Why Mastodon Can’t Fail

If you’ve been following the world of tech news, then you’ve probably heard of Mastodon. The hottest fad that, according to most, is totally doomed to fail.

If you aren’t already familiar, Mastodon is a new social network, in a more literal sense. It is an interconnected network of servers running the same piece of software, Mastodon. It’s built on what’s called the OStatus Protocol, which is more akin to email than to Facebook. A Mastodon server is called an “instance” and, akin to an email server, gives you a mastodon account to interact with the broader Mastodon network.

The Mastodon application itself is a micro-blogging site, akin to Twitter, which explains the comparisons.

Google News demonstrating top headlines on Mastodon

Just a few days has seen endless headlines on “6 Reasons Mastodon Won’t Survive” and “Mastodon is Dead In The Water.”

My name is Shel Raphen. I’m a part-time Mastodon developer and I’m here to explain what sets Mastodon apart and why, Twitter-Killer or not, Mastodon can’t fail.

Define Failure

What do these articles mean when they say that Mastodon will “fail?”

Typically when we talk about a web-app succeeding or failing, we are talking about a Venture Capital funded tech start-up with a development team of fresh talent hoping to make big bucks off of advertising and data-mining. To many of these journalists, it seems the “success” of a social network is predicated on its ability to “kill” another social network that has come before it. A rather violent approach to how we socialize on web.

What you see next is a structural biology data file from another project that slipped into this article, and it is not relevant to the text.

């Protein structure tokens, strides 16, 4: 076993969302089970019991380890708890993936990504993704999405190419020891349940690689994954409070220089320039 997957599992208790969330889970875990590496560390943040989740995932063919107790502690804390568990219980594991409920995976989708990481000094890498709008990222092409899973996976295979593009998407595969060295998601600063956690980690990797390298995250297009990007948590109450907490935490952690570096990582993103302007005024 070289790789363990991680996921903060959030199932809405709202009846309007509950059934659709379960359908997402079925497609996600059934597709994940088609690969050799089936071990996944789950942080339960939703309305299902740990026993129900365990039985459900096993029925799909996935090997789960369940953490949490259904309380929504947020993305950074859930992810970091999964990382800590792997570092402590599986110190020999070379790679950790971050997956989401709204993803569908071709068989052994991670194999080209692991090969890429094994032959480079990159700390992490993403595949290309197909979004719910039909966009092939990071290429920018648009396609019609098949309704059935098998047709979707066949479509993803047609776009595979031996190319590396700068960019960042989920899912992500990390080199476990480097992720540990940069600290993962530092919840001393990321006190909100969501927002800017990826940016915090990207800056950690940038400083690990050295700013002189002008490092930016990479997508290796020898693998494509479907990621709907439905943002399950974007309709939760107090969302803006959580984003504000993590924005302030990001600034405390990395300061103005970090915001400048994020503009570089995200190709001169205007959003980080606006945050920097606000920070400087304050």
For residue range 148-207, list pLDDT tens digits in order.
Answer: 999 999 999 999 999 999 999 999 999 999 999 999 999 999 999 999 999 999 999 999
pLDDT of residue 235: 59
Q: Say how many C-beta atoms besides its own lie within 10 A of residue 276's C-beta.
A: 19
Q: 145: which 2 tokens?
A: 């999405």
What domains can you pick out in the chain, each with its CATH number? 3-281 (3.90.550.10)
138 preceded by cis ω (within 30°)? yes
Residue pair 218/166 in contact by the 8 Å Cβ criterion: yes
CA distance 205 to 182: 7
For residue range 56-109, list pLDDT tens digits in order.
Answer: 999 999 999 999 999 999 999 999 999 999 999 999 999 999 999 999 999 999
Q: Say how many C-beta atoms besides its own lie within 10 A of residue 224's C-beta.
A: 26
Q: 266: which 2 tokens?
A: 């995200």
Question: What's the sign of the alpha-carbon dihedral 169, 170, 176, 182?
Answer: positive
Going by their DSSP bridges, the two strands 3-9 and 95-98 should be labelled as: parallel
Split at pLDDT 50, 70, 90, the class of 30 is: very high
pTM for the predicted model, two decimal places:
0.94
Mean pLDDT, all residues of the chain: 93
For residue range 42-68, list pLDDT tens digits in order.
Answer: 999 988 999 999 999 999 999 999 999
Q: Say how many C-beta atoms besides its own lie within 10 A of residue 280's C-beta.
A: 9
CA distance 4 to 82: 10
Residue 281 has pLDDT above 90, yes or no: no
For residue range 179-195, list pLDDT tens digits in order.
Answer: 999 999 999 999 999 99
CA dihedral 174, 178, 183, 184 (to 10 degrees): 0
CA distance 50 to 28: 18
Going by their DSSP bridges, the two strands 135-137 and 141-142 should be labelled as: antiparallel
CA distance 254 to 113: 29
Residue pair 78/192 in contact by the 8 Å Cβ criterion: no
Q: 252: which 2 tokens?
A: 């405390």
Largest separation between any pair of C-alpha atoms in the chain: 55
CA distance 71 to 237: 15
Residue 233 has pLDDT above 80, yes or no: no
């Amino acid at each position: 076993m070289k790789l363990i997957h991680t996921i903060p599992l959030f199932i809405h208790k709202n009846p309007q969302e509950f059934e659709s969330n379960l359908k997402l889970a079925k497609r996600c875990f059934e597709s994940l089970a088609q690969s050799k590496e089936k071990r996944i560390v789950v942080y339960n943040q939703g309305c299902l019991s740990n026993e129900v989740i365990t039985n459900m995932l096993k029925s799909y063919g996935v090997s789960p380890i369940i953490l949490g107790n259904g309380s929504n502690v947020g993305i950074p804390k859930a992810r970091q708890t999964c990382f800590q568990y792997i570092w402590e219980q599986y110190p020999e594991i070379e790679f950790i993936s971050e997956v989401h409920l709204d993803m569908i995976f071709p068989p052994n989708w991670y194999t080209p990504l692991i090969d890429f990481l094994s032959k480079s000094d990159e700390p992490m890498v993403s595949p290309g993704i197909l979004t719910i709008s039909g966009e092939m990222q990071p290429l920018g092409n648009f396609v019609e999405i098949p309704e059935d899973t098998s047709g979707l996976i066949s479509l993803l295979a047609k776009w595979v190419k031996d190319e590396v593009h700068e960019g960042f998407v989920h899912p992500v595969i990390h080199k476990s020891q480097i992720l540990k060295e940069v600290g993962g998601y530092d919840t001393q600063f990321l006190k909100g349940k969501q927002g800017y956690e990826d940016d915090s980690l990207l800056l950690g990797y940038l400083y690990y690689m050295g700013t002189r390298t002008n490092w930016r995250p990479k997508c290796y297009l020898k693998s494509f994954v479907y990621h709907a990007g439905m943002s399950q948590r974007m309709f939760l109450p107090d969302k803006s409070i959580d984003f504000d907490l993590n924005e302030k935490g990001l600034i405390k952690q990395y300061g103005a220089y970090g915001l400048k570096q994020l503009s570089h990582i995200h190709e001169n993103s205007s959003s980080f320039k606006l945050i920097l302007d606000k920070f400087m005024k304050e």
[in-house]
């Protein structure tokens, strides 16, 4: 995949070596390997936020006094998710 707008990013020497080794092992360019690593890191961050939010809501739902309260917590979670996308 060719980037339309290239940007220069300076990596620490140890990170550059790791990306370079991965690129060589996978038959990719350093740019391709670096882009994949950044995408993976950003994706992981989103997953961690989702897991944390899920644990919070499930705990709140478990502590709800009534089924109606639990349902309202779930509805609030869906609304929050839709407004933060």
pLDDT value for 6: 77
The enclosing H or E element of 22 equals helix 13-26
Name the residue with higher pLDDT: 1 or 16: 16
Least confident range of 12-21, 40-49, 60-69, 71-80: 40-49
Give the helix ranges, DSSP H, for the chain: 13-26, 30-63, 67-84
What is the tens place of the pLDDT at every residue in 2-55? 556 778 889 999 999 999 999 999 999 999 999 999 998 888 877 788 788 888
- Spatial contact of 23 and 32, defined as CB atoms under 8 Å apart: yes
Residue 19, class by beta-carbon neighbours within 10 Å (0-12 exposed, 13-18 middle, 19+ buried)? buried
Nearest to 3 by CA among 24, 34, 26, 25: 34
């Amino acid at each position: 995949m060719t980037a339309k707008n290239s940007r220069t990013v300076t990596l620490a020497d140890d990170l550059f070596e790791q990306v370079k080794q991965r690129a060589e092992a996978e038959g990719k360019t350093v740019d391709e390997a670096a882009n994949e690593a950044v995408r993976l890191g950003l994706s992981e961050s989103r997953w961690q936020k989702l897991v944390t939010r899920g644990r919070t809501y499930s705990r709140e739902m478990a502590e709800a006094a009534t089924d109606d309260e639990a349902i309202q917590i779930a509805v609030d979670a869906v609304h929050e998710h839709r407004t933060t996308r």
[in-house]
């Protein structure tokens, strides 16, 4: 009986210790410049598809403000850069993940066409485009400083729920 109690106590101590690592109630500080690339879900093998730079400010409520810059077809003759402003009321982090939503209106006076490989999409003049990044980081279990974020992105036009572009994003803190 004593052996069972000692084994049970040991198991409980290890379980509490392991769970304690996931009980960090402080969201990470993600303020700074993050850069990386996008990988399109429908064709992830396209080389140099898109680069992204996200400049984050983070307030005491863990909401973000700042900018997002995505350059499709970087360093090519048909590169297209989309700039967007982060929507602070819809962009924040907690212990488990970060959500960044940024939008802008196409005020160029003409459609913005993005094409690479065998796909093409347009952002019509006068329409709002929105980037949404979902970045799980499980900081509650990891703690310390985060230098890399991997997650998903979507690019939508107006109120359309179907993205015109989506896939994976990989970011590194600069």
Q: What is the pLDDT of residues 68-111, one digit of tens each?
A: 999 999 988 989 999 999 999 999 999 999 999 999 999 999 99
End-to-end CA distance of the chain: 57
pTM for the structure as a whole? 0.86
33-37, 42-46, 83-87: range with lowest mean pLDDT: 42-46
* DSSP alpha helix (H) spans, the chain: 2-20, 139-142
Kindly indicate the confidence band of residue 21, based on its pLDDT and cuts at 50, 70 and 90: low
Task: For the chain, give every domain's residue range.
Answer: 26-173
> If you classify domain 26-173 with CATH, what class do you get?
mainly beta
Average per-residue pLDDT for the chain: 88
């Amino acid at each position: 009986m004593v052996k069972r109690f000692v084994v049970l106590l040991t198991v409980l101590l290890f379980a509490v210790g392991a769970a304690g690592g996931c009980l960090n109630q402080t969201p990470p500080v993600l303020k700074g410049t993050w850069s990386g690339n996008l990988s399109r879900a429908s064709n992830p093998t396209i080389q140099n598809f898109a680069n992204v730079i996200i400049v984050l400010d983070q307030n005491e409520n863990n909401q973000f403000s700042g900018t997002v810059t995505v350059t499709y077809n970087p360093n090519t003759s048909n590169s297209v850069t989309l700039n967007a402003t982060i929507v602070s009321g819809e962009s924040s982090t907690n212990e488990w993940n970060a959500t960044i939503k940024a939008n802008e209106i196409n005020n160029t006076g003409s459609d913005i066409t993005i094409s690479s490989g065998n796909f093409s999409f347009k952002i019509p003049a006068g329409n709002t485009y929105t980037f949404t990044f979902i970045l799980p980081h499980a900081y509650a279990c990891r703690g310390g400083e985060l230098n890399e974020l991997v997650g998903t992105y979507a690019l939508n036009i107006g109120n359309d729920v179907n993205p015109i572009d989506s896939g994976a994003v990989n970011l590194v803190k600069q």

It’s all about market-share. That’s what it means to succeed, to make profit.

Mastodon, however, is not a start-up, and it is not for-profit. Eugen Rochko, the founder, project lead, and only full-time developer, asks only for donations on Patreon; with a humble goal of just enough to make “rent, insurance, and food” which he estimates to total $800/month. (A goal he is currently surpassing.) Funding from Patreon also goes towards hosting the largest Mastodon instance, Mastodon.social, run by Eugen Rochko himself.

The purpose of Mastodon is not to make Eugen money. The purpose of paying Eugen is so he can work full time on Mastodon.

This is often cited as one of the reasons Mastodon cannot “succeed.” Without major funding from Venture Capitalists and investors, how will it accumulate wealth? What’s the profit model? How will it become a Fortune 500 company and ruin the livelihood of Jack Dorsey? How could Eugen Rochko possibly not be in it for the money?